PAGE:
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Quantum Dots: Technical Status and Market Prospects
Quantum dots (QDs) refer to one of several promising materials niche sectors that recently have emerged from the burgeoning growth area of nanotechnology. QDs fall into the category of nanocrystals, which also includes quantum rods and nanowires. As a materials subset, QDs are characterized by particles fabricated to the smallest of dimensions from only a few atoms and upwards. At these tiny dimensions, they behave according to the rules of quantum physics, which describe the behavior of atoms and sub atomic particles, in contrast to classical physics that describes the behavior of bulk materials, or in other words, objects consisting of many atoms.
According to the new report available at Electronics.ca Publications, the global market for QDs, which in 2008 is estimated to generate $28.6 million in revenues, is projected to grow over the next 5 years at a compound annual growth rate (CAGR) of 90.7%, reaching over $700 million by 2013. Following the initially modest revenues generated by standalone colloidal QDs - primarily serving the life sciences, academic, and other industrial research and development (R&D) communities - within the next 2 years several product launches with colloidal or in situ QD underpinning will bolster market revenue considerably.
The biggest growth sector will be in optics, according to the report, where QD-based lasers and other optical components will impact telecommunication applications. This segment is expected to be worth $52.0 million in 2010, increasing to over $212.0 million in 2013, for a CAGR of 59.8%.
The other significant growth sectors include: electronics with the launch of first-generation QD-based Flash memory products; optoelectronics with several impending product launches in lighting and displays; and finally, in the energy sector with the first QD-based product enhancements. It is projected that in all of these markets the combined forces of technology push and market pull, due in part to the growing involvement of multinational companies, will lead to a marked increase in both colloidal and in situ QD production.
Stand-alone colloidal QDs are the only currently active segment, with expected revenues of $28.6 million in 2008. This should increase to over $106.0 million in 2013 for a CAGR of 30.0%.
Following the initially modest revenues generated by standalone colloidal QDs, primarily serving the life sciences, academic and other industrial research and development communities, within the next two years several product launches with colloidal or in-situ QD underpinning will bolster market revenue considerably.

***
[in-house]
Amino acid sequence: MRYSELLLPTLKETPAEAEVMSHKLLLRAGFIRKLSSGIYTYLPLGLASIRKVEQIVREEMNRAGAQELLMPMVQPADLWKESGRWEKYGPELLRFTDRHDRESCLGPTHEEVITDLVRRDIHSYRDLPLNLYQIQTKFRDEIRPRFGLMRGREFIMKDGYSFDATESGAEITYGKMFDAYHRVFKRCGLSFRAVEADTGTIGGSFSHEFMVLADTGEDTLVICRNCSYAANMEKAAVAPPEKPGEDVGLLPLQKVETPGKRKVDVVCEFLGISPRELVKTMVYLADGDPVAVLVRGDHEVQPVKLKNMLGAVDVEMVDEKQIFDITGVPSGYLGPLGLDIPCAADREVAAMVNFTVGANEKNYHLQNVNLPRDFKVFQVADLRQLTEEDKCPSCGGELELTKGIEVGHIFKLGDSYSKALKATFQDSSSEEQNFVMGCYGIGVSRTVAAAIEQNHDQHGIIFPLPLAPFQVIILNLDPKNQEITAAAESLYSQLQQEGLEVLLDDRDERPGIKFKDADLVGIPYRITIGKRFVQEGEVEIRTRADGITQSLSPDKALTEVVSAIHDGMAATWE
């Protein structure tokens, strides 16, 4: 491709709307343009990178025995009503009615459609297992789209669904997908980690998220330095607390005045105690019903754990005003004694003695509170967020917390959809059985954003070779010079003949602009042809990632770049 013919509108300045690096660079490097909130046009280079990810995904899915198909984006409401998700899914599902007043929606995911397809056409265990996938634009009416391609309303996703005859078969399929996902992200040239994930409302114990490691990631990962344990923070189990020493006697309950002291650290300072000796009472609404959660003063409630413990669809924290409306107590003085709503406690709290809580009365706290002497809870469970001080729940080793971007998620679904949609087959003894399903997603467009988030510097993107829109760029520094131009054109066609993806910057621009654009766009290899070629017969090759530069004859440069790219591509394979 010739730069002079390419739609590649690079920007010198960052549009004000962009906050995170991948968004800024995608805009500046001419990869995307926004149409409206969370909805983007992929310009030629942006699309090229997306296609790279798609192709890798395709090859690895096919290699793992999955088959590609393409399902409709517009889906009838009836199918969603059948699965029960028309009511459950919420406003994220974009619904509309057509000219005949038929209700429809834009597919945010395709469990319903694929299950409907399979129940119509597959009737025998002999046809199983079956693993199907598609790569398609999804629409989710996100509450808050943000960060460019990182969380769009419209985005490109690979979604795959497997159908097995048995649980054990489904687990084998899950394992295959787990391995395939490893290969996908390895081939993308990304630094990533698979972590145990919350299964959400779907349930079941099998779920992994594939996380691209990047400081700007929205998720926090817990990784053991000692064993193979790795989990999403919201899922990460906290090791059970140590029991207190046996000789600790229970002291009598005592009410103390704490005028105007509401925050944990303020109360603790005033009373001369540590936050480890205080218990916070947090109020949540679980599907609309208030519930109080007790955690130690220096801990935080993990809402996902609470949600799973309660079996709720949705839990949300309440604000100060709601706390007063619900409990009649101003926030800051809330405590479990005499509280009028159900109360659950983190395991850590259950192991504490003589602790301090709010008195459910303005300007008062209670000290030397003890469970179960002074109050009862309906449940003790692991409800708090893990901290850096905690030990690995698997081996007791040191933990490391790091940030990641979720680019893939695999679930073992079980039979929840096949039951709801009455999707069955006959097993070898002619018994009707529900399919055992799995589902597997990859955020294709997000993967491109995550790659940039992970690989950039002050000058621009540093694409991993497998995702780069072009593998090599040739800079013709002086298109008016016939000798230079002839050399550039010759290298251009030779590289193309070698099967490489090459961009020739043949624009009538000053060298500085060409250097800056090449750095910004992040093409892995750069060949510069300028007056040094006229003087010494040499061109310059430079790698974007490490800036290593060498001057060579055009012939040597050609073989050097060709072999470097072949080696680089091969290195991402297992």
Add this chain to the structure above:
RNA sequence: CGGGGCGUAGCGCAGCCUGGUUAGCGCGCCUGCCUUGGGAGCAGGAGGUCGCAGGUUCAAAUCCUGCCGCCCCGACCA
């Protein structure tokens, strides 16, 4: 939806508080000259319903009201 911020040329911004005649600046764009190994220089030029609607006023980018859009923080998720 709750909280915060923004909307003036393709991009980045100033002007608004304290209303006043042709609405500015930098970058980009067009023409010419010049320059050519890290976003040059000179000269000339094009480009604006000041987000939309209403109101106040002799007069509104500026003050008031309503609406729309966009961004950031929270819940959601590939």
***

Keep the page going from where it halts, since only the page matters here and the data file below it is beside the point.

The electronics segment will see the launch of first generation QD-based Flash memory products and is slated to generate $45.8 million in 2010 and $61.0 million in 2013, for a CAGR of 10.0%.
Quantum dots for applications in optoelectronics and solar energy are expected to launch in 2010. Estimated revenues for the optoelectronics segment in 2011 are $90.0 million. This should increase to $245.7 million in 2013, a CAGR of 65.2%. The solar energy segment should see revenues of $74.1 million in 2011 and increase to $96.3 million in 2013, for a CAGR of 14.0%.
Current and future applications of QDs impact a broad range of industrial markets. These include, for example, biology and biomedicine; computing and memory; electronics and displays; optoelectronic devices such as LEDs, lighting, and lasers; optical components used in telecommunications; and security applications such as covert identification tagging or biowarfare detection sensors.
Details of the new report, table of contents and ordering information can be found on Electronics.ca Publications' web site.
About Electronics.ca Publications
Electronics.ca Publications is a world-class research network and publishing company whose focus is technology and market research for the electronics industry. Our network spans dozens of areas of electronics expertise, and taps the knowledge of researchers and analysts internationally. We deliver critical information on the semiconductor, advanced materials, nanotechnology, electronics manufacturing, wireless technology and converging markets, to name a few, in the form of off-the-shelf reports, training materials, and industry standards.
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